Thread Number: 75788  /  Tag: Refrigerators
Old Kenmore fridge leaking near
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Post# 996207   6/4/2018 at 20:19 by melissaannbrown (North Carolina)        

We just realized, much too late, that our 1989 Kenmore fridge (Model 106 8688484) is leaking. The moisture is coming from the copper tube going (or coming) from the compressor (see picture). It is frosting up. Then when it thaws, some of the water goes into the drip tray which eventually overflows. Some drips right onto the floor. I'm guessing this isn't supposed to be happening. What might be wrong and what might it take to fix it? I haven't heard good things about new fridges so I'd like to keep it. Also this one is probably the only one that will fit into the cabinet space fitted for a fridge. Thanks!

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Post# 996214 , Reply# 1   6/4/2018 at 21:43 by Jukeman (Arkansas)        
Low Freon...

A frosted over suction line sometimes indicates a low freon level. That happens when you've got a leak somewhere. If it clears up after it's ran for a while it might not be too bad yet.

One other possible cause is restricted airflow through the evaporator inside the freezer compartment. Is the fan running in there? Have you noticed the evaporator coil icing up?

Post# 996225 , Reply# 2   6/4/2018 at 23:58 by combo52 (Beltsville,Md)        
A frosted Suction Line On A residential Ref

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Is NEVER caused by a low Freon charge.

Post# 996231 , Reply# 3   6/5/2018 at 00:59 by Jukeman (Arkansas)        
That is correct...

I was thinking HVAC/evaporator/superheat for a moment, my apologies.

Look for an obstruction of airflow in the evaporator. Is the defrost cycle occurring at proper intervals? If the evaporator is froze up you'll start to see a rise in fridge and freezer temps. If all seems good I wouldn't worry too much about it.

Post# 996254 , Reply# 4   6/5/2018 at 06:34 by melissaannbrown (North Carolina)        

I'm not worried about the fridge itself, but water dripping continuously on the floor is a serious issue. Unfortunately the fridge is in a cabinet and is quite difficult to get in and out. For right now we're leaving the fridge pulled out of the cabinet, almost in the middle of the kitchen so we can place that little tray/pan in the bottom right corner of the photo where it's dripping and dump that water out every day. Even if the fridge were easily accessible it would be nice not to have to the extra little chore of emptying out the tray pretty much every day.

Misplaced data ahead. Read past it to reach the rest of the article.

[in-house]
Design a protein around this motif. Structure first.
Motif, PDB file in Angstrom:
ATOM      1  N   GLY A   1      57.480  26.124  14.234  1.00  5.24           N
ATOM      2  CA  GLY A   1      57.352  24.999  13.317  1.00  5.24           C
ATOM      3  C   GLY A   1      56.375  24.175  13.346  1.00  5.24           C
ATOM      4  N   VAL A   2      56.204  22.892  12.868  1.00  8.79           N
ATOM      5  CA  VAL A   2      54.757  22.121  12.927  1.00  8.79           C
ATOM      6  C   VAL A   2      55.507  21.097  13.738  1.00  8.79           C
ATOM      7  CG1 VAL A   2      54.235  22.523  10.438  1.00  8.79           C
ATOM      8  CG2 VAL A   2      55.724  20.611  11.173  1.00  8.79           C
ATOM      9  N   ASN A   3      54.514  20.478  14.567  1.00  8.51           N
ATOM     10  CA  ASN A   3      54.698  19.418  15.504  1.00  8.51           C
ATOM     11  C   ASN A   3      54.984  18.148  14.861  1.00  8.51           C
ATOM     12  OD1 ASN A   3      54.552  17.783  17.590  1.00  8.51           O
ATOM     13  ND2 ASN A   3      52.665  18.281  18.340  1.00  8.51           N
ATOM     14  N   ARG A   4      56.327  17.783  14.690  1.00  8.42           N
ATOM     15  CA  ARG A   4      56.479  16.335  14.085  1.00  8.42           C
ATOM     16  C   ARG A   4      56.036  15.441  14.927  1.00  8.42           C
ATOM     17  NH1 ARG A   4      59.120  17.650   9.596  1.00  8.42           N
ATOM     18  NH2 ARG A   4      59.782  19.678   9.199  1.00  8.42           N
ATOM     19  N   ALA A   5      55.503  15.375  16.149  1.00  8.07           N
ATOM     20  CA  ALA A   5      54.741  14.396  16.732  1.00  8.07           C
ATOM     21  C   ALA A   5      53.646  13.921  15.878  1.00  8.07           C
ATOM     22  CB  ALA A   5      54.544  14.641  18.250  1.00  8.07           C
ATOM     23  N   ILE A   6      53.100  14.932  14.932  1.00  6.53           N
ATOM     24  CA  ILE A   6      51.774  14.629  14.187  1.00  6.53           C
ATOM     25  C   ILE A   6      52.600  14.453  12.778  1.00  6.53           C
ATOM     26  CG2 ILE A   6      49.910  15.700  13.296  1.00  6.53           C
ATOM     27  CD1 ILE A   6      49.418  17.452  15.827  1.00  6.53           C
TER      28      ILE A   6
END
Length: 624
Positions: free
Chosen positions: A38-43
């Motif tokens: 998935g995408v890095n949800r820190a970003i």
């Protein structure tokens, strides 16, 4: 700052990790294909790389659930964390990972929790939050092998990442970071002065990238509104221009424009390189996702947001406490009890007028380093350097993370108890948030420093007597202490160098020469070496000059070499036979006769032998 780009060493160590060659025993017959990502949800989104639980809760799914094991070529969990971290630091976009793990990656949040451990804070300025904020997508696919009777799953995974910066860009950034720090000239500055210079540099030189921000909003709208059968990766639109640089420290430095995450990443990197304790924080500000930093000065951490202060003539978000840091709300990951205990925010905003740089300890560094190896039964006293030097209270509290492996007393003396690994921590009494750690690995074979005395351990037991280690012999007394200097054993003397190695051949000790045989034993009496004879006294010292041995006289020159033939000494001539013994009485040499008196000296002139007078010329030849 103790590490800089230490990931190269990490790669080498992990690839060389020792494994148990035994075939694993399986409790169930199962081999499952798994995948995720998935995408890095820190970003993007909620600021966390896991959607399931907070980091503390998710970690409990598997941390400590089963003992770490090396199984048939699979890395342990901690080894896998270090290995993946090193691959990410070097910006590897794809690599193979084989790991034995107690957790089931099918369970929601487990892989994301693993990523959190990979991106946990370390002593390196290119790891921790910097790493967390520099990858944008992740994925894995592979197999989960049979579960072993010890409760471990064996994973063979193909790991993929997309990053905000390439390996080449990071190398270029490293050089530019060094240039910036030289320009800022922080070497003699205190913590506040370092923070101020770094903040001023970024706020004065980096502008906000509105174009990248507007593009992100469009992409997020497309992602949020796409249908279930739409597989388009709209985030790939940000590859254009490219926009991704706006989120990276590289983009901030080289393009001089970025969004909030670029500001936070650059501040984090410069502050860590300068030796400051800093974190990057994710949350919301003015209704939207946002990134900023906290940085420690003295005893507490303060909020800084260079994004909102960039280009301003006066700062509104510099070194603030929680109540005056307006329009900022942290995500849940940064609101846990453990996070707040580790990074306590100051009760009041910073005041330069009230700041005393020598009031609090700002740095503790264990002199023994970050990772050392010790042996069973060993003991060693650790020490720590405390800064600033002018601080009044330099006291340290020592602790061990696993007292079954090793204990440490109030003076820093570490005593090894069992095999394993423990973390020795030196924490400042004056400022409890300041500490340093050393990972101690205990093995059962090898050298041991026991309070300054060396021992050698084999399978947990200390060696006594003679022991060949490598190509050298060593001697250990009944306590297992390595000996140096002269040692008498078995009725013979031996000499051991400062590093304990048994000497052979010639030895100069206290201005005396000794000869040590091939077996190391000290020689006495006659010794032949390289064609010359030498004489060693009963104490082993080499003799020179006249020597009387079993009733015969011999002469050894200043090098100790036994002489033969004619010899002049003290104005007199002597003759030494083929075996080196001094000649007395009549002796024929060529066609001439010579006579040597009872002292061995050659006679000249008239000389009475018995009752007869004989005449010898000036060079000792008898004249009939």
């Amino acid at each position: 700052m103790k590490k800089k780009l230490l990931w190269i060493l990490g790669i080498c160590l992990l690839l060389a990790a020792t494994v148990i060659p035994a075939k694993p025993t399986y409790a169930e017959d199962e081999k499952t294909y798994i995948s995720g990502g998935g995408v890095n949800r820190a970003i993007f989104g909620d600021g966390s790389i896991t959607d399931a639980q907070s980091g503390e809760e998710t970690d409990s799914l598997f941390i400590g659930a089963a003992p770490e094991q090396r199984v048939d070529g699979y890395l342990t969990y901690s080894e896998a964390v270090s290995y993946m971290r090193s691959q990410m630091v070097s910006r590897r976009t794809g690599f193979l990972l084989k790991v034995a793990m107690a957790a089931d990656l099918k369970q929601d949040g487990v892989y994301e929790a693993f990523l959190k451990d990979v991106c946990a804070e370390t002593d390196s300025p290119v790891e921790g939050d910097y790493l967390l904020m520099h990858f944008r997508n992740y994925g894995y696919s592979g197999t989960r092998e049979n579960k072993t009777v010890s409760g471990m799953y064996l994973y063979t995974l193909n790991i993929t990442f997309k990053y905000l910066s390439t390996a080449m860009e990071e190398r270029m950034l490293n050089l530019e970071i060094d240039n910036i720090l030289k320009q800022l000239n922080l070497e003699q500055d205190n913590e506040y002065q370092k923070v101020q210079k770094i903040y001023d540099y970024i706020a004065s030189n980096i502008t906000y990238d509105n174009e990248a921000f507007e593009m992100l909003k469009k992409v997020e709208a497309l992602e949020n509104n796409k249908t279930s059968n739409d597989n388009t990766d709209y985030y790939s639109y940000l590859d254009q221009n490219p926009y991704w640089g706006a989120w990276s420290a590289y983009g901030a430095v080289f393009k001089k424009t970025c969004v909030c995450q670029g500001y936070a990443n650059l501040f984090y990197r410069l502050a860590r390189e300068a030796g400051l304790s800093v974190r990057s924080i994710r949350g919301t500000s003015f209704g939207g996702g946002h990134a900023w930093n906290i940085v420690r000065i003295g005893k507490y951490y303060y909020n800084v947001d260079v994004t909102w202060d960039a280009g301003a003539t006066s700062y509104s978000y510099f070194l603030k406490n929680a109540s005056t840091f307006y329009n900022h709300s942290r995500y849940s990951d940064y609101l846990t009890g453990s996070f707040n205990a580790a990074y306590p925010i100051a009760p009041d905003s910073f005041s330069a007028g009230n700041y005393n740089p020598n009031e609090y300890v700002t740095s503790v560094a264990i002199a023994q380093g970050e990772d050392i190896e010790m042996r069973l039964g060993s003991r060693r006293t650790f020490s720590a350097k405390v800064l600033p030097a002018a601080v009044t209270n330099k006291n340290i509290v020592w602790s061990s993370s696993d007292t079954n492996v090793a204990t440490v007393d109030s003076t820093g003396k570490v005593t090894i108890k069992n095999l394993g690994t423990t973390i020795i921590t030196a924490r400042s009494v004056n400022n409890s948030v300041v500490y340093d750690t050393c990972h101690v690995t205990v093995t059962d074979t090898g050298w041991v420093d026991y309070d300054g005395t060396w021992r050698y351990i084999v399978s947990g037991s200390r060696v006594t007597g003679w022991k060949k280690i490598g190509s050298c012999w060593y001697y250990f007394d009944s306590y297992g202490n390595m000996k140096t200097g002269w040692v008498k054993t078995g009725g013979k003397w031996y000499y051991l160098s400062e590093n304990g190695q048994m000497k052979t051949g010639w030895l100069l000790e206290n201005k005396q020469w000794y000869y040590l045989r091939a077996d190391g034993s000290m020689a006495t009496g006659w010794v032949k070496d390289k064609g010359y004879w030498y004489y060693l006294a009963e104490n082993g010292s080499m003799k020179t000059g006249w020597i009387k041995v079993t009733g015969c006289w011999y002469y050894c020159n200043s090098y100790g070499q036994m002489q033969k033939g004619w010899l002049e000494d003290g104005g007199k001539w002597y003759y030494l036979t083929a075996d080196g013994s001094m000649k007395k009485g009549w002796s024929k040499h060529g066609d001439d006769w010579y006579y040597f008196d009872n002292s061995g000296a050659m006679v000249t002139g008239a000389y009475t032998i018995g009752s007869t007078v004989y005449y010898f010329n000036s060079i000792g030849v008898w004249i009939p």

Post# 996283 , Reply# 5   6/5/2018 at 13:24 by Jukeman (Arkansas)        
A thought...

You might try insulating the line with some of the foam HVAC line wrap you can get at home depot. It's frosting because it's open to the outside air, creating condensate from moisture then it's freezing on the auction line.

Just a thought.

Post# 996303 , Reply# 6   6/5/2018 at 17:39 by Jukeman (Arkansas)        

I meant SUCTION line, spell check got me on that.

Post# 996305 , Reply# 7   6/5/2018 at 17:54 by combo52 (Beltsville,Md)        
The Reason The Suction Line Is Frosting

combo52's profile picture

Is that the capillary line has come loose from the suction line [ you can clearly see this in your picture ] that is frosting over. Originally the little 1/8" cap tube was soldered to the outside of the larger suction line, this part of the sealed system is called the Heat-Exchanger, the warm cap tube coming from the condenser is soldered to the suction line to complexly cool the liquid refrigerant heading into the evaporator and in the process the cap tube warns the suction line slightly which keeps it from sweating and or frosting.


Whirlpool had problems in the 80s with the cheap solder they used when attaching the cap tube to the suction line failing and allowing the cap tube to come loose.


The CURE is to shut down the ref and clean the suction line and allow to to completely dry, then use really good 3M electrical or good aluminum tape and tightly tape the loose cap tube to the suction line, this should stop the sweating and frost back problem. You may have to partly remove the rear mounted condenser to get at the lines all the way to where they go back into the ref. After you do this you can put some foam insulation over most of the tubing to replace what you have to remove.


Often times when the cap tube comes loose like the first sign of problems is the ref does not maintain proper temps and it ends running more than it should.


John L.

Post# 996310 , Reply# 8   6/5/2018 at 18:49 by kenwashesmonday (Haledon, NJ)        

I'm with combo52. It's been a long time, but I've saved a few refrigerators with a roll of good quality electrical tape, rolled nice and tight, on the heat exchanger.

The only other reason I can think of for a frozen suction line would be an overcharge.

Post# 996312 , Reply# 9   6/5/2018 at 19:27 by Lorainfurniture (Cleveland )        

Iíve seen a few like that before. Thereís only a few things that I can think of.

Overcharged system (not likely in your case)
Fridge has no load (running empty)
Fridge is running too much (likely your case)

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